Wednesday, March 2, 2016
men without chests
He talks about how we can't expect people to get along in life and accomplish anything if their internal workings are not in order. And this is not a new problem. It wasn't a new problem when Lewis wrote it. It's not a new problem now.
But it is a problem. As a society, we pretend that morality is a private thing. That it's fine for YOU to believe in truth and moral behavior, but don't go pushing your beliefs on me. That doesn't work. When we try to separate goodness and truth from society, we end up with the men without chests that Lewis describes in the quote above.
It would be easy to decry our current election as being between two people who have no internal morality. And it would be apt. But that's not a good lesson, and it only makes us feel smug and superior.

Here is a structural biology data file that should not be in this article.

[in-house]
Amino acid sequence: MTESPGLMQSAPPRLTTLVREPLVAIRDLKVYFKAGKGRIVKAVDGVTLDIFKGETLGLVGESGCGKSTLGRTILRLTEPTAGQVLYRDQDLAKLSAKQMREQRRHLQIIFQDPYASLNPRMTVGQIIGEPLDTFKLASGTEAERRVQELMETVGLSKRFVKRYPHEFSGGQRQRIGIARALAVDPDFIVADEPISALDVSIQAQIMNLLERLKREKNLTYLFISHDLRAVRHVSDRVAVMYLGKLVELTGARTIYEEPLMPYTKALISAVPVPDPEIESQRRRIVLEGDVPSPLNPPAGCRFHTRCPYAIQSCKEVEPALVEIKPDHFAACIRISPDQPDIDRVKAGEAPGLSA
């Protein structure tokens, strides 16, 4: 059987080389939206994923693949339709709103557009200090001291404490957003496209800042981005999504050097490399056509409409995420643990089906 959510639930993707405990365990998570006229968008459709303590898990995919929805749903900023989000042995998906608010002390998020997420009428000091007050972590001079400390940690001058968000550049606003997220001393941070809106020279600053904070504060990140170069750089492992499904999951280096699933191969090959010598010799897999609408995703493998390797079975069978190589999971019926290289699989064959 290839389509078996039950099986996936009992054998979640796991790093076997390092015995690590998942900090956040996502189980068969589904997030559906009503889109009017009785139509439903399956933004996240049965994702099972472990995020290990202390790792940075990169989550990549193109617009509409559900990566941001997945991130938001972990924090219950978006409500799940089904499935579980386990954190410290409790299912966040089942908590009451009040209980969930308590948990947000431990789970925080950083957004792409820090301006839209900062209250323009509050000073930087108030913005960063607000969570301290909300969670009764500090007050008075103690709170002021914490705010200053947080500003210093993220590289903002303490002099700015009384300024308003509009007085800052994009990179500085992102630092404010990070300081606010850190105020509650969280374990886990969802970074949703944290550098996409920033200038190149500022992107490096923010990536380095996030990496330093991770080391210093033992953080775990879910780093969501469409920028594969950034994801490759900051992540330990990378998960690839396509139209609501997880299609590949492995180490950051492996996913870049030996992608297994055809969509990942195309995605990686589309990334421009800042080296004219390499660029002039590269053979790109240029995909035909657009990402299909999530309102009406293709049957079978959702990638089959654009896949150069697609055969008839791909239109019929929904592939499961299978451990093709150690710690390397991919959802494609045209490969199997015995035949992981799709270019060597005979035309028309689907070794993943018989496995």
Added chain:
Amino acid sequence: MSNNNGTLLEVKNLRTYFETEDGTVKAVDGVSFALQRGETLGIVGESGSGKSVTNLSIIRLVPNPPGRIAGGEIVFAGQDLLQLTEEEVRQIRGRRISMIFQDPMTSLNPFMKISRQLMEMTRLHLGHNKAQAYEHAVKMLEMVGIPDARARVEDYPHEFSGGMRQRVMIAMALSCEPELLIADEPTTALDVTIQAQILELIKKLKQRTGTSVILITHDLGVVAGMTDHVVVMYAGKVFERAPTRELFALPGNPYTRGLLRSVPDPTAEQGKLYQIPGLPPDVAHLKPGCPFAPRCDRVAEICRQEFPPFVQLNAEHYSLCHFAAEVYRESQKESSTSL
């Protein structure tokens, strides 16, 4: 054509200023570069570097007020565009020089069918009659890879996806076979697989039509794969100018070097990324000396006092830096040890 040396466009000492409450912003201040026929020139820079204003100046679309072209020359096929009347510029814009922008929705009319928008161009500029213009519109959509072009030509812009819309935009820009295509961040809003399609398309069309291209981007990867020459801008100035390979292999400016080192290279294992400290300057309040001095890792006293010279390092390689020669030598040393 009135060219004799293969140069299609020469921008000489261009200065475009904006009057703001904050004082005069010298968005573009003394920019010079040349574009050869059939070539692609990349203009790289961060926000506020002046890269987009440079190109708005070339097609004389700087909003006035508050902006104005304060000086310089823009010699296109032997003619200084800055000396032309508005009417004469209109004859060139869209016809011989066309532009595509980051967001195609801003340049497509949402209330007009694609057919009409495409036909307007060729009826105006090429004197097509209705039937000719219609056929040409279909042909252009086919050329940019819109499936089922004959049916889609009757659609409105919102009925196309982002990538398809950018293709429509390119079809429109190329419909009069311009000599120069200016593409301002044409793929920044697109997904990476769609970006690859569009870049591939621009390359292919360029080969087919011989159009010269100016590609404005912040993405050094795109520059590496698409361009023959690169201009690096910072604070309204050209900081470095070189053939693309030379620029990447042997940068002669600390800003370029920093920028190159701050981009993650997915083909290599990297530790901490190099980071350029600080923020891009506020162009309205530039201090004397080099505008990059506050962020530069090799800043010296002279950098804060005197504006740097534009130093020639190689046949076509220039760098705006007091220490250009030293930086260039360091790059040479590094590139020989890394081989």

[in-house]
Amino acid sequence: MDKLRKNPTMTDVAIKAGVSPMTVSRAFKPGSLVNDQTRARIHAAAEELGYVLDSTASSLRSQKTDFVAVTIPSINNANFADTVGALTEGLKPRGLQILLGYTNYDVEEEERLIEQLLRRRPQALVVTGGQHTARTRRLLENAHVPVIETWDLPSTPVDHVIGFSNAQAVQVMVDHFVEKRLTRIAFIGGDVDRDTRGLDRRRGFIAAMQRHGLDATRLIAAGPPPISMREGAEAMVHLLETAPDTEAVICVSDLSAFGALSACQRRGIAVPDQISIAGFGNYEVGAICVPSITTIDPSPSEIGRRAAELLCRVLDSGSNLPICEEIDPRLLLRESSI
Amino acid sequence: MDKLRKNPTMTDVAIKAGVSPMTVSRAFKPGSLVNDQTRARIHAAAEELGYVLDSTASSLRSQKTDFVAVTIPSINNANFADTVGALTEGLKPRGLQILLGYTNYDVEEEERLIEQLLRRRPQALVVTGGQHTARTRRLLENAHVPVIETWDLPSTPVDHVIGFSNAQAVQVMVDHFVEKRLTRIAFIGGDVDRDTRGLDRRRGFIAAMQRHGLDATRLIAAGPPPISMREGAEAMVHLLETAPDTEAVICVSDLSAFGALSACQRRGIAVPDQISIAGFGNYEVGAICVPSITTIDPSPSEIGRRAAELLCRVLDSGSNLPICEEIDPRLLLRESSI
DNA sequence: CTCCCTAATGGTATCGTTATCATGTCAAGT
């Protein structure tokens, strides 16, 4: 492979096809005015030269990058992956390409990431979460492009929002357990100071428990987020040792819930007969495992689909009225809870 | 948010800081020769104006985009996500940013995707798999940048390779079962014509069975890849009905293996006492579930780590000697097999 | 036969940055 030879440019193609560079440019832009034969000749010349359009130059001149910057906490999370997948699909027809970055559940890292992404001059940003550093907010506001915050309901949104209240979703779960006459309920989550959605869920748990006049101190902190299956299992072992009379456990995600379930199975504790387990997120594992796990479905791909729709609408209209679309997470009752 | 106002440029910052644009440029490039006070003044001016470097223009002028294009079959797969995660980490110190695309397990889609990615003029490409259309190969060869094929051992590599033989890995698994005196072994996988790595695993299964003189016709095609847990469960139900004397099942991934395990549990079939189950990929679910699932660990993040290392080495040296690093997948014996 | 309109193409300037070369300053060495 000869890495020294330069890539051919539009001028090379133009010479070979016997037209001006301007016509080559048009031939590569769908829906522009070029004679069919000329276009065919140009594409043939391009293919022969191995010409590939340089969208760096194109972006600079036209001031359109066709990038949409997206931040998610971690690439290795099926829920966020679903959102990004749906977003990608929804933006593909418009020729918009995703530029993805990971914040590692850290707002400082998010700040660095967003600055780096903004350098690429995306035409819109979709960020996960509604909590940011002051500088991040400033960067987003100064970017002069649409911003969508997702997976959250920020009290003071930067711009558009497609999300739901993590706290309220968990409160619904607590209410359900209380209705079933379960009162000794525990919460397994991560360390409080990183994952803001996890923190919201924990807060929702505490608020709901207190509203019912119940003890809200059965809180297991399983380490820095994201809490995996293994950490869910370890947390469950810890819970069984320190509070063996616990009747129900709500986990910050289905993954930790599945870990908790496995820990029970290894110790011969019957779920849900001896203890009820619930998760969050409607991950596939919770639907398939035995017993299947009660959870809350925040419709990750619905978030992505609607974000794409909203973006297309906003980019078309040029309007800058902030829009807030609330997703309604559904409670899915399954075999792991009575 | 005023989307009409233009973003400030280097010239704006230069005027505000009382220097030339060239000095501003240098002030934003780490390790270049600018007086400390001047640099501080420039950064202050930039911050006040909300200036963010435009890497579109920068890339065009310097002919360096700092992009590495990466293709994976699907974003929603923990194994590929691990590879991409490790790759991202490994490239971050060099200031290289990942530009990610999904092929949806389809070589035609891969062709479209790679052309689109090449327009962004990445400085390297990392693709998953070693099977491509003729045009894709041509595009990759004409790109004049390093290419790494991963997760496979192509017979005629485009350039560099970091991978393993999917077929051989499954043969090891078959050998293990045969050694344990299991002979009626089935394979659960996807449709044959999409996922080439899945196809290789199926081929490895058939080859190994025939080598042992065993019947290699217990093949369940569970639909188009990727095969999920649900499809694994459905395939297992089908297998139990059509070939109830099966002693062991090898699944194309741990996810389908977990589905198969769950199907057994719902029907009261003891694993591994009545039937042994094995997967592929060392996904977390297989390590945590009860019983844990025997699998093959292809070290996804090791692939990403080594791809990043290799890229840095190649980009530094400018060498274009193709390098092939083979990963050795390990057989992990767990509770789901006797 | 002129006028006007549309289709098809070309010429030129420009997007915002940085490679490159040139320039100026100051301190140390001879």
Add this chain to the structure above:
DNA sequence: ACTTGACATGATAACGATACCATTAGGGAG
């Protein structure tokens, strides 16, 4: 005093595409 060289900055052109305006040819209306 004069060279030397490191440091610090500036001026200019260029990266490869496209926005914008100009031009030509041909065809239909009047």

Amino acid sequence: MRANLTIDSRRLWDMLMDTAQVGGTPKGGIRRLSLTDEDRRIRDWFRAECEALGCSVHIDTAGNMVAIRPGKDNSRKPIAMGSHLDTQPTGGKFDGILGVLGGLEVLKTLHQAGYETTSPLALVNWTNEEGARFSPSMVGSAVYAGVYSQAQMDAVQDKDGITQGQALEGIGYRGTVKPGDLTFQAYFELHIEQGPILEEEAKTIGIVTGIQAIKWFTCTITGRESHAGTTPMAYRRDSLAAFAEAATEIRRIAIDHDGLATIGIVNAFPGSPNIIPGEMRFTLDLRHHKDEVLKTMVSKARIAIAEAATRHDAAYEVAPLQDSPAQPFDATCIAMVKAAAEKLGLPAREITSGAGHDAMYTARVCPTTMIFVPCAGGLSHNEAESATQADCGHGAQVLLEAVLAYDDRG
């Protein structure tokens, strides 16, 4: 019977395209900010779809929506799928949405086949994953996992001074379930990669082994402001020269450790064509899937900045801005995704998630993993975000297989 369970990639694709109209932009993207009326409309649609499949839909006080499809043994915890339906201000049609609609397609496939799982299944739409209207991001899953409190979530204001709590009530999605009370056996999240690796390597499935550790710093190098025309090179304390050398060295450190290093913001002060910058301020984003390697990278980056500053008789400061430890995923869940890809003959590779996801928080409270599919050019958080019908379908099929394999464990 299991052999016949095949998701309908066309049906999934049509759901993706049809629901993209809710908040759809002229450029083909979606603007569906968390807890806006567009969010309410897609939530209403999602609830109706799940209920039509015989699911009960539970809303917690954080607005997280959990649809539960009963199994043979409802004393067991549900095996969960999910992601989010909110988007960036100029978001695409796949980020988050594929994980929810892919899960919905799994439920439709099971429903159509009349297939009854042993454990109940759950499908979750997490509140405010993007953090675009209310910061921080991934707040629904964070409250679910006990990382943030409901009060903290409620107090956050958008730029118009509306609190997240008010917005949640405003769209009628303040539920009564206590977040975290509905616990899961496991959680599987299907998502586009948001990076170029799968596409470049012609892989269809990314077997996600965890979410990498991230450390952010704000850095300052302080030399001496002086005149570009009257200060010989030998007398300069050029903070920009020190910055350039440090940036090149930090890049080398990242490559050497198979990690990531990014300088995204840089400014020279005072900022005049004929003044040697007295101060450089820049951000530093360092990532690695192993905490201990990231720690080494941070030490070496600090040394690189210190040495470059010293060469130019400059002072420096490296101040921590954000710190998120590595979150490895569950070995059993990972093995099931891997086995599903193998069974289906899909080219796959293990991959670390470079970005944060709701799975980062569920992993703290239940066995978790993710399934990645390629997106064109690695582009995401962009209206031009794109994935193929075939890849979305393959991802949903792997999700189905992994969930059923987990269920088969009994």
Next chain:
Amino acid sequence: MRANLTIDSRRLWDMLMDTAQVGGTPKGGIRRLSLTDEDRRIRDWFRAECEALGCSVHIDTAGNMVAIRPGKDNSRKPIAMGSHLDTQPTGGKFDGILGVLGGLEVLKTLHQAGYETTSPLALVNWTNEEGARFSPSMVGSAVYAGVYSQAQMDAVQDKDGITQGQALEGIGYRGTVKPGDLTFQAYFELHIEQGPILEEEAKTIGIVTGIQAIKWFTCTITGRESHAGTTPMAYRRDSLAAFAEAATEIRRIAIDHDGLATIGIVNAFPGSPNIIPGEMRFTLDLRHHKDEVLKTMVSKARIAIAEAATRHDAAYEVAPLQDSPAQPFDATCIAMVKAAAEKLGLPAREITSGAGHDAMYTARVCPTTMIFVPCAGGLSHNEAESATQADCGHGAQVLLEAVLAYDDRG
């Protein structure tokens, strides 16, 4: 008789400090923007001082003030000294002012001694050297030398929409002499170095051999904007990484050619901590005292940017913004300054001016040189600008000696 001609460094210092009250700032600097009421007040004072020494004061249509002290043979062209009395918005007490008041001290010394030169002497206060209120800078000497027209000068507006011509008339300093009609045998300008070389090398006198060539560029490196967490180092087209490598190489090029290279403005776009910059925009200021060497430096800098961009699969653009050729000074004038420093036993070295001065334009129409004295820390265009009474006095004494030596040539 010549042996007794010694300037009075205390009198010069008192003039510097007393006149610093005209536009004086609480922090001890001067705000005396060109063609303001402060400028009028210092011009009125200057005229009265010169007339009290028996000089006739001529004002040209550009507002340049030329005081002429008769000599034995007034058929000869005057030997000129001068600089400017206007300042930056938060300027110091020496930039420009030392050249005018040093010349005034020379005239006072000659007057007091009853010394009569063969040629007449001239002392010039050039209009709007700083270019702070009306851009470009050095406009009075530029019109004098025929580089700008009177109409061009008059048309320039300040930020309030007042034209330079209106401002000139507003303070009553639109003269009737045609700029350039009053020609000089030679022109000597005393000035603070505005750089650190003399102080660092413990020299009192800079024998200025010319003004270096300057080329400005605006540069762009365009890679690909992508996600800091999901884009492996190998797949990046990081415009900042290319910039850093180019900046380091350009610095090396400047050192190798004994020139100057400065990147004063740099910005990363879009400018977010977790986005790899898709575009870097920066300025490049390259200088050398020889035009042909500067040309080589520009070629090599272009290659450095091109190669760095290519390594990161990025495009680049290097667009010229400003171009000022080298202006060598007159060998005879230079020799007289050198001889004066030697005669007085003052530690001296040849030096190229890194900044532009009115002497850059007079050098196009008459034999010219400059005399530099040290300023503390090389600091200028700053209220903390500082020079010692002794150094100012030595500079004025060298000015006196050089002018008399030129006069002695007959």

The take home lesson is how refreshing it is when you DO meet someone with a moral code. Someone that you know you can trust, because they're THAT kind of person. You don't have to watch them around your wallet. You don't have to check up on them to make sure they're working. It's such a breath of fresh air to find that person that you can trust with your life.
That's one thing that God calls us to be. Someone who has an internal morality, a code that shines out of our lives and tells other wise people "Hey. You can trust me. I'll take care of whatever you need me to do. I'm on your side. I'm a good guy." When you have that kind of code, you don't have to say those words. That message is communicated powerfully by your actions.
Thank You, God, for still making men with chests.